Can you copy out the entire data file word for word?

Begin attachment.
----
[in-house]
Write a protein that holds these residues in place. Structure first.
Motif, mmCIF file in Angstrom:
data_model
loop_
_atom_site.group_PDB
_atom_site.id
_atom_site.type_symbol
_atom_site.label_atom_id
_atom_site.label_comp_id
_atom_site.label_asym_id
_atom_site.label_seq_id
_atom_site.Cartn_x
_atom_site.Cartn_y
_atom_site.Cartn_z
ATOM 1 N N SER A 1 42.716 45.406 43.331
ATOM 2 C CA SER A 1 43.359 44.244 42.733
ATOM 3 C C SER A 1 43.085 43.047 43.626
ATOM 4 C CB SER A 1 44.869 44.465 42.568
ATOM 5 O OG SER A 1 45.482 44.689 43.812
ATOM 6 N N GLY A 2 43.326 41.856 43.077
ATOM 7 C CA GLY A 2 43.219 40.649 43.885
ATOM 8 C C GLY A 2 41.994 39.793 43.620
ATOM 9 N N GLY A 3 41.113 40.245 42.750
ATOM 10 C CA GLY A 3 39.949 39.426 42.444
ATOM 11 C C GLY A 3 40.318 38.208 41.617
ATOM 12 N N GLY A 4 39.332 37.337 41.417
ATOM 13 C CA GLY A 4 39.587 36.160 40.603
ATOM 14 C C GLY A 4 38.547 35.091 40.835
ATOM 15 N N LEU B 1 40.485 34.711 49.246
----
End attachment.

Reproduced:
[in-house]
Write a protein that holds these residues in place. Structure first.
Motif, mmCIF file in Angstrom:
data_model
loop_
_atom_site.group_PDB
_atom_site.id
_atom_site.type_symbol
_atom_site.label_atom_id
_atom_site.label_comp_id
_atom_site.label_asym_id
_atom_site.label_seq_id
_atom_site.Cartn_x
_atom_site.Cartn_y
_atom_site.Cartn_z
ATOM 1 N N SER A 1 42.716 45.406 43.331
ATOM 2 C CA SER A 1 43.359 44.244 42.733
ATOM 3 C C SER A 1 43.085 43.047 43.626
ATOM 4 C CB SER A 1 44.869 44.465 42.568
ATOM 5 O OG SER A 1 45.482 44.689 43.812
ATOM 6 N N GLY A 2 43.326 41.856 43.077
ATOM 7 C CA GLY A 2 43.219 40.649 43.885
ATOM 8 C C GLY A 2 41.994 39.793 43.620
ATOM 9 N N GLY A 3 41.113 40.245 42.750
ATOM 10 C CA GLY A 3 39.949 39.426 42.444
ATOM 11 C C GLY A 3 40.318 38.208 41.617
ATOM 12 N N GLY A 4 39.332 37.337 41.417
ATOM 13 C CA GLY A 4 39.587 36.160 40.603
ATOM 14 C C GLY A 4 38.547 35.091 40.835
ATOM 15 N N LEU B 1 40.485 34.711 49.246